Monday, November 21, 2016

That Woman In Front Of Me At Freddy's This Morning

So I'm standing in line at Freddy's really stressing about healthcare. I have to cancel some of my insurance and appointments because I can't afford them, and I have to go back to work because retirement doesn't pay. I found out that fixing one toothache now costs more than a funeral, and I'm thinking about what that means. We live to work in order to live and that's crazy.

But, anyway, I'm standing in line with my stuff at Freddy's. I'm thinking how I'm mad about healthcare and how I can't afford the chicken and pomegranates I want and I'm looking at those magazines at the checkout stand that are all about the joys and drama of being white. You know the ones---they show brides and homes and stars in various states of ecstasy and collapse. I just want to get out of there.

And there are two Hispanic kids in front of me with some groceries. They are probably 8 or 10 years old. The checkout person isn't moving. The kids are anxious. Mom shows up with some candy she went to get, and I can see in her eyes that she's just so happy to get something for her kids and I can see by her hands that she works hard and I can see by her hair and shoulders that she's prematurely old, like 28 going on 60. I know that maybe because I'm a worker, too.

The daughter is translating for her mom. The milk costs too much, it was on sale last week, not this week. The checker, a union member, is patient. Mom says that they can do the vegetables but they can't do the milk. The mother looks into her purse and does that quick calculation and tells her daughter again to tell the checkout person that they can't do the milk, put it back, please.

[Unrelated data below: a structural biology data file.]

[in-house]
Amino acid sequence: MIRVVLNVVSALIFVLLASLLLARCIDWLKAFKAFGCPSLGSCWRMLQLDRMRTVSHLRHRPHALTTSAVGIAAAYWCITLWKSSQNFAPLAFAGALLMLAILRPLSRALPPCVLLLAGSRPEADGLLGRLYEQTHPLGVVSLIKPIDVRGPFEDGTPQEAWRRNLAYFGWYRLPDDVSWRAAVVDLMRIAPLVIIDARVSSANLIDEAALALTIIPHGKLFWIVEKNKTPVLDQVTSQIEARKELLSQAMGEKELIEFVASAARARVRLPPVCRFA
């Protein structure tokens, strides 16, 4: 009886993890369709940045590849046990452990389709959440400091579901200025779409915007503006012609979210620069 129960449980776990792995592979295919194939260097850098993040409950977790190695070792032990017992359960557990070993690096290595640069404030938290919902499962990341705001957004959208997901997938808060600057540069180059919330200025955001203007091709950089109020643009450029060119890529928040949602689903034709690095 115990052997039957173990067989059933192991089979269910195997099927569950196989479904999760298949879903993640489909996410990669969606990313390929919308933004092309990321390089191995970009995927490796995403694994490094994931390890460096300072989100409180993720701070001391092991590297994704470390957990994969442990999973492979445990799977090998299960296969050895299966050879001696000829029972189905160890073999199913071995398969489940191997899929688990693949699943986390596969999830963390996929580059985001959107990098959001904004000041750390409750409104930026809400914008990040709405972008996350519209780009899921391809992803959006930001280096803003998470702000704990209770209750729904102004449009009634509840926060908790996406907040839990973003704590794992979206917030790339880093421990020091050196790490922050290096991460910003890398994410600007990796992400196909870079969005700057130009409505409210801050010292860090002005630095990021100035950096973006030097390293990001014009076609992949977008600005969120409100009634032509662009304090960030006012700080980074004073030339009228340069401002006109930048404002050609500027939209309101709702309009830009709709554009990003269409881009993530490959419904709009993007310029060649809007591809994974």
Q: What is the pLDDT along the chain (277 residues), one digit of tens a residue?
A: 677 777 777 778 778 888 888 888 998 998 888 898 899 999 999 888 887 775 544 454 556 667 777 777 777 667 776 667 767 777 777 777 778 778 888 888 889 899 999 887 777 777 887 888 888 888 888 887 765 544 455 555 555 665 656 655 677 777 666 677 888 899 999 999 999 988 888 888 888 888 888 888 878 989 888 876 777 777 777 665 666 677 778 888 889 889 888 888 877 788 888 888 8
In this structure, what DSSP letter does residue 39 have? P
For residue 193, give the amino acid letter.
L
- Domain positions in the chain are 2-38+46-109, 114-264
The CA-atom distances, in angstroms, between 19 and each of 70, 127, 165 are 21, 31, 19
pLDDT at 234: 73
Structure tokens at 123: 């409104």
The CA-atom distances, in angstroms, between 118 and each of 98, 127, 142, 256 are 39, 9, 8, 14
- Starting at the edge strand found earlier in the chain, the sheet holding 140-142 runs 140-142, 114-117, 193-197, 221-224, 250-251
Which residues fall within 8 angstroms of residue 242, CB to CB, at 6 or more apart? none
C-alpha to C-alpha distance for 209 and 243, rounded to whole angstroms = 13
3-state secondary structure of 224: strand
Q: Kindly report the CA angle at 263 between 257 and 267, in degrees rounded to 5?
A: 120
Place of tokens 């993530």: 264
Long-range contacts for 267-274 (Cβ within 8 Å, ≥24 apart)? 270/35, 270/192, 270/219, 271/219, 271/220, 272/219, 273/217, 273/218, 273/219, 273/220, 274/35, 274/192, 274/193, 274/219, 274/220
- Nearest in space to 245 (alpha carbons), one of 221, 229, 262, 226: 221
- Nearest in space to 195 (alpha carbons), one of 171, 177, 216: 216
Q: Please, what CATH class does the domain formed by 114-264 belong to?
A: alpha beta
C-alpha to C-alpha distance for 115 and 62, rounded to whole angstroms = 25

So I interrupt and tell the daughter and the checkout person that I'll buy the milk. Mom thinks I'm upset, and I am, but it has nothing to do with her. I'm angry because she can't afford milk and neither of us can afford healthcare. No, I say, I'm getting the milk. And I try to explain in broken Spanish which becomes Italian and Turkish because I'm fumbling with words that it's okay, that my family were immigrants once and we're both workers and that this is solidarity, not charity. Don't worry.

Mom is embarrassed. I'm embarrassed and angry. The daughter smiles and thanks me. They leave.

So I'm walking back to my car and I think, damn, before four years are up that woman is going to need a lot more than milk from me. And every headline I'm seeing today tells me that that is so. And how symbolic is it that I get to worry about healthcare, chicken and pomegranates and she's dealing with milk?

This is not a post about me or my needs or me being a nice white guy. None of that works.

This is not a post about the white, Anglo-Saxon and protestant ethic that says that that mom should have taken back the candy and bought the milk. Most kids like sweets, most moms want to provide for their kids and see them smile, we have no business interfering when that happens and shaming a family.

This is a post that says that we need to prepare for real forms of resistance and sanctuary based on a conscious organizing strategy that intersects race with class and gender. Working-class people will recognize one another and can help one another, but we need the solidarity and encouragement to do it across race and national lines. Keep picking up the milk for those women with the kids, keep explaining that it's solidarity, and don't do it because it makes you feel good---do it because it's absolutely needed. But what we really need right here and right now is help making that a journey of solidarity and turning solidarity into resistance and turning resistance into winning. Milk and healthcare for all are pretty good demands to start with. It can happen. It has to, right?

1 comment:

  1. Agreed, but I'm not sure what form that resistance should take. When people march and wave signs for a few hours, they feel solidarity, but then what? I think what's needed more than anything are political victories. There will be a mid-term election in 2 years, and it's typical for more than 60% of the electorate to not participate in mid-terms. How do we engage the disengaged?